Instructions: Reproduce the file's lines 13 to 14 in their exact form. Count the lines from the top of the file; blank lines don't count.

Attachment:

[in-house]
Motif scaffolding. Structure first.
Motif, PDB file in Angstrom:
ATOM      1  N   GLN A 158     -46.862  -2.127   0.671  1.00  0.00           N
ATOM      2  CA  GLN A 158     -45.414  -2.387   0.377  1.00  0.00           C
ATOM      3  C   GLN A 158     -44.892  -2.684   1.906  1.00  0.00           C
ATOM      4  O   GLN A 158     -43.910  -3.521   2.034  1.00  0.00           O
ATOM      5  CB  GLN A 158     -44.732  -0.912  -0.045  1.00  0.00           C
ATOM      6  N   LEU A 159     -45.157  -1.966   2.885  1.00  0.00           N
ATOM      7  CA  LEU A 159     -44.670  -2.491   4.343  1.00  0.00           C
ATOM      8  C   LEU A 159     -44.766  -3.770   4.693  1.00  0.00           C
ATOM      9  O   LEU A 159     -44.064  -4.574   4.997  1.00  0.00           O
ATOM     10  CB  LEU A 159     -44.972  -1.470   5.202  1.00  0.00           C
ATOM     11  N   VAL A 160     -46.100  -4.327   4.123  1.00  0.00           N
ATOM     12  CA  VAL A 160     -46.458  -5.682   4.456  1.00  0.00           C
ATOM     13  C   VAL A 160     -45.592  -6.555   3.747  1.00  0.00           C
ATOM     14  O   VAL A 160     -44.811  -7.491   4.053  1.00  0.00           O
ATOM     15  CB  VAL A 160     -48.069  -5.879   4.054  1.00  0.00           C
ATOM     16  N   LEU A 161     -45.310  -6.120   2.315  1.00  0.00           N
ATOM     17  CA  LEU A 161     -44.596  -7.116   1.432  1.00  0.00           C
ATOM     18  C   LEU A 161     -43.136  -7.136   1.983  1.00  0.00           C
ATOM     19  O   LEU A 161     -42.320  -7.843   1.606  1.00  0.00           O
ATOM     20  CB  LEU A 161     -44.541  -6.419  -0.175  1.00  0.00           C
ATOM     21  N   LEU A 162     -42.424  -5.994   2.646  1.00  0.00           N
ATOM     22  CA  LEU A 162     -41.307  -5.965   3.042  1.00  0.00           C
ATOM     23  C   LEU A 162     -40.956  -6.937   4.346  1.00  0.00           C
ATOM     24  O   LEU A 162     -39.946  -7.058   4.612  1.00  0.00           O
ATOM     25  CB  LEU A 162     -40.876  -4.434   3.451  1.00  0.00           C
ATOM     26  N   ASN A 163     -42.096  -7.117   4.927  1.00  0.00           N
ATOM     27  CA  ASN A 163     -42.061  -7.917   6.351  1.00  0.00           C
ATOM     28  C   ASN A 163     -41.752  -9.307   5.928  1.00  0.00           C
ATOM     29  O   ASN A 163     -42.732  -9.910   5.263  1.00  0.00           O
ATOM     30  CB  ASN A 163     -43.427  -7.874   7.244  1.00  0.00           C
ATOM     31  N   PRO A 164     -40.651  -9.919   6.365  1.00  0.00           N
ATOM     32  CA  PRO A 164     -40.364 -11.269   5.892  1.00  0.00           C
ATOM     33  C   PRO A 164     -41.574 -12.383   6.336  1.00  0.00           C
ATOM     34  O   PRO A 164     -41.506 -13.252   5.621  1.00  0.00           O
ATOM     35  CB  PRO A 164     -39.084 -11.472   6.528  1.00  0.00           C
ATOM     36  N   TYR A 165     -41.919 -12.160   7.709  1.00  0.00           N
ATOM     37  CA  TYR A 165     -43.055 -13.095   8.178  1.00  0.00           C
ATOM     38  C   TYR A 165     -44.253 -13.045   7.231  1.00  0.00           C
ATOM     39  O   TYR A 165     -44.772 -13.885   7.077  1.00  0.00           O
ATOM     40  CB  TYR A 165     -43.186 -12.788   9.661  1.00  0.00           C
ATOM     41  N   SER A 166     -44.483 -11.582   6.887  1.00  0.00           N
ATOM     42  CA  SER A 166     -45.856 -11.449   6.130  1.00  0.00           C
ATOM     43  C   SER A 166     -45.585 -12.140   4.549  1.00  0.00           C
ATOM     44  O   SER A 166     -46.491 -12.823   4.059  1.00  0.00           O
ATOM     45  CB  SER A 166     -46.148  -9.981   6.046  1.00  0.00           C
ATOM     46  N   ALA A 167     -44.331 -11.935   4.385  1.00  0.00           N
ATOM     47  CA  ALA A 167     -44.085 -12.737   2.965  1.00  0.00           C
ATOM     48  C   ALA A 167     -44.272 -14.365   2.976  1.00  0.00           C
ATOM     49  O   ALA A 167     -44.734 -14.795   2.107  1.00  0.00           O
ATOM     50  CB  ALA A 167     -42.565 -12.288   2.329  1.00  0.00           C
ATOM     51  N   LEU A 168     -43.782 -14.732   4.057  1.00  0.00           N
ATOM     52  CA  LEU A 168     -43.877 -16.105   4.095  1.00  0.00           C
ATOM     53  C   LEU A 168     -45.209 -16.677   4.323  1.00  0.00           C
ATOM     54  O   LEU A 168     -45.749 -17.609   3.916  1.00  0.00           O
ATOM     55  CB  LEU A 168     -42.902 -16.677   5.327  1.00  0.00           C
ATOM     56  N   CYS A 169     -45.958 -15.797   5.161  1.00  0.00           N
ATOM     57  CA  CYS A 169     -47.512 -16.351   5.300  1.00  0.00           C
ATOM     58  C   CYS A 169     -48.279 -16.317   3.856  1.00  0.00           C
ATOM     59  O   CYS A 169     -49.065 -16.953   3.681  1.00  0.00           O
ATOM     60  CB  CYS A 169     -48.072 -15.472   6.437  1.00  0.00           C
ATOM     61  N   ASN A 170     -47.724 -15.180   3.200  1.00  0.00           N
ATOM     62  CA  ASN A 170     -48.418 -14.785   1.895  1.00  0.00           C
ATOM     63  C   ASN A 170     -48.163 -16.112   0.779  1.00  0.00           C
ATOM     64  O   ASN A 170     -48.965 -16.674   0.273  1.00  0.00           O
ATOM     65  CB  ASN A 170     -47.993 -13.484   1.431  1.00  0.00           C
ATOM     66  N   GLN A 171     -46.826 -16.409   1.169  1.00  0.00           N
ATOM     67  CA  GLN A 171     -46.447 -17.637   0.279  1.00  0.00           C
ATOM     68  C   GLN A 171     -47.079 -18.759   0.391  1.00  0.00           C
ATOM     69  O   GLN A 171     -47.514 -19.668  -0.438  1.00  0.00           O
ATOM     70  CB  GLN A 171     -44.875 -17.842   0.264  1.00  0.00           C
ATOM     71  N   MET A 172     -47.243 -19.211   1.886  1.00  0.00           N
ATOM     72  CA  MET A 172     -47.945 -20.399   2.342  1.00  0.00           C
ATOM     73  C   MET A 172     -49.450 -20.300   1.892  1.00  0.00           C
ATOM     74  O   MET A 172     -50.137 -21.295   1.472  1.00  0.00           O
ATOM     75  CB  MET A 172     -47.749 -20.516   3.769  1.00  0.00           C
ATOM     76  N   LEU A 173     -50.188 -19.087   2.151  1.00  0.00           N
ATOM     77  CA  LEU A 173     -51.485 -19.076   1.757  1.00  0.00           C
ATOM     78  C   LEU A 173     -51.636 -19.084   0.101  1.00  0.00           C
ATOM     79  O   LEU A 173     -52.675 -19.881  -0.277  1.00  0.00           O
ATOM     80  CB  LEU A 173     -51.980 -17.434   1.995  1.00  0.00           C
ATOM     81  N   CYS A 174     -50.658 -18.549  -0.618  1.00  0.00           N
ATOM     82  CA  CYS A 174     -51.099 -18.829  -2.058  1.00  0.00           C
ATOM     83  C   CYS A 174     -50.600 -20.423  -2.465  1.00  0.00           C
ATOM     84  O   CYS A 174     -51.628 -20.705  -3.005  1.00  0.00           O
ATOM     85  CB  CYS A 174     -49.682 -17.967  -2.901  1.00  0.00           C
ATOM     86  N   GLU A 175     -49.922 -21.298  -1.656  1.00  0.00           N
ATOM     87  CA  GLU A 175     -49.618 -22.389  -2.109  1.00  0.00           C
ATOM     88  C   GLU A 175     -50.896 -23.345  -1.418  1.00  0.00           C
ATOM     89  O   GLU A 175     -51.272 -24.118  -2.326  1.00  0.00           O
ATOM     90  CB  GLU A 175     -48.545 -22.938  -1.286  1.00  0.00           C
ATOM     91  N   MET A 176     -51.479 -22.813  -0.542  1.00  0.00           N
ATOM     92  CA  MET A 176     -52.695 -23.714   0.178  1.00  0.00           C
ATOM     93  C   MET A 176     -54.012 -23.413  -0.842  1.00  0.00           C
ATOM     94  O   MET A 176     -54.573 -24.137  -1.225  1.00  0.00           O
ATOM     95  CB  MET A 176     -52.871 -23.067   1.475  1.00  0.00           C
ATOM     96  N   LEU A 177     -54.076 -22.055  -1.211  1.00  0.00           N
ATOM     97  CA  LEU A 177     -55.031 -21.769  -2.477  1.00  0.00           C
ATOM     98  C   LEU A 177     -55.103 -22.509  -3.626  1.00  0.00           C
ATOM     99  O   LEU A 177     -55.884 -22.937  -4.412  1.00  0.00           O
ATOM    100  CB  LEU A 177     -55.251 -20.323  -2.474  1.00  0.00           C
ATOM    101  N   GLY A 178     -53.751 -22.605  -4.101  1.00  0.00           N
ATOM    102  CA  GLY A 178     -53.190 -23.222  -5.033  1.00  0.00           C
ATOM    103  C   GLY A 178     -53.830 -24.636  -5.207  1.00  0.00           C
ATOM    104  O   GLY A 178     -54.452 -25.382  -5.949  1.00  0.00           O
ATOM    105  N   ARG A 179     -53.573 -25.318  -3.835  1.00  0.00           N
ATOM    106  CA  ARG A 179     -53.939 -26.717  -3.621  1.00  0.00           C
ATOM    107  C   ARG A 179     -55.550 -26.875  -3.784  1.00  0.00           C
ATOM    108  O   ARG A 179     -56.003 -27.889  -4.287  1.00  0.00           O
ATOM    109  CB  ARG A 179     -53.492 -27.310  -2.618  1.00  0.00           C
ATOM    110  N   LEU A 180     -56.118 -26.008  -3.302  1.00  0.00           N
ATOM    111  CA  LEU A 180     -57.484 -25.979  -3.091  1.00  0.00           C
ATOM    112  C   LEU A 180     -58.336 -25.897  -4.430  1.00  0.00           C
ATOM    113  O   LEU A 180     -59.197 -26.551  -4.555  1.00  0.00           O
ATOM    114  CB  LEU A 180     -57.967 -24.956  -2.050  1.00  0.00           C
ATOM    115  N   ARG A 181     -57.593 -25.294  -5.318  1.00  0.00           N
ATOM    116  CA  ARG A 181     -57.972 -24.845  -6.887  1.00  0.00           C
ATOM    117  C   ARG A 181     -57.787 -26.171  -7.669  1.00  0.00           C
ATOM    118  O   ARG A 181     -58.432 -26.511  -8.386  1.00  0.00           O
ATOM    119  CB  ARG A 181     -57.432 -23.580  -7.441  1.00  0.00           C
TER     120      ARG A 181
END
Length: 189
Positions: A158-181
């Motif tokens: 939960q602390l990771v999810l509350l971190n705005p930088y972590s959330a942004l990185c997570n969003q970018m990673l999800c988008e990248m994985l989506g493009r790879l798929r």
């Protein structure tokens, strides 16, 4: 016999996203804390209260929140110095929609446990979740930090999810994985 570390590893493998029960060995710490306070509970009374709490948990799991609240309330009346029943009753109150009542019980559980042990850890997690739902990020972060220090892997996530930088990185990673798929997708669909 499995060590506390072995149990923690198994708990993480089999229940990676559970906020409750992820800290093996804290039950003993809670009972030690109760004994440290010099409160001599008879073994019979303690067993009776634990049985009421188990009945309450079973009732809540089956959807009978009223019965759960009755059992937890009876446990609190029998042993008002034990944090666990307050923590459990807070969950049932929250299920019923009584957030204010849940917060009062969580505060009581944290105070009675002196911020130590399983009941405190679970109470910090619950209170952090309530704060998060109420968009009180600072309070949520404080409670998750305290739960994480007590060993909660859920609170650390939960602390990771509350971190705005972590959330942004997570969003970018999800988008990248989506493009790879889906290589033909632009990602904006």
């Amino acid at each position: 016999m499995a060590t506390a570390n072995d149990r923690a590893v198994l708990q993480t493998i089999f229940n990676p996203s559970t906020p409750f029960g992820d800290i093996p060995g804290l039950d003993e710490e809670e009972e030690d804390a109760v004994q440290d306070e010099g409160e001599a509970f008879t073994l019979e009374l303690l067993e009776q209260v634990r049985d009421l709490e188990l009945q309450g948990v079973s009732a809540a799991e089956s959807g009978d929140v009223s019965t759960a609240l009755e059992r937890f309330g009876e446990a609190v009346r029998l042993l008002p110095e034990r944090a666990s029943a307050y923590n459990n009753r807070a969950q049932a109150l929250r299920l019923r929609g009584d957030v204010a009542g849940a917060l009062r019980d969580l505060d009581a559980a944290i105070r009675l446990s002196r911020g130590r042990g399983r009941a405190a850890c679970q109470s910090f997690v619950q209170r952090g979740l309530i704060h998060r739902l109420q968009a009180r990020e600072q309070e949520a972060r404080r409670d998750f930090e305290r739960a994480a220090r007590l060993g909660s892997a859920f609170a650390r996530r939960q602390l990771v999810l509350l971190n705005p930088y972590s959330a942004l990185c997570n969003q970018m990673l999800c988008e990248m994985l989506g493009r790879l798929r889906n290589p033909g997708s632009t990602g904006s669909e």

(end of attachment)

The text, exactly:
ATOM     10  CB  LEU A 159     -44.972  -1.470   5.202  1.00  0.00           C
ATOM     11  N   VAL A 160     -46.100  -4.327   4.123  1.00  0.00           N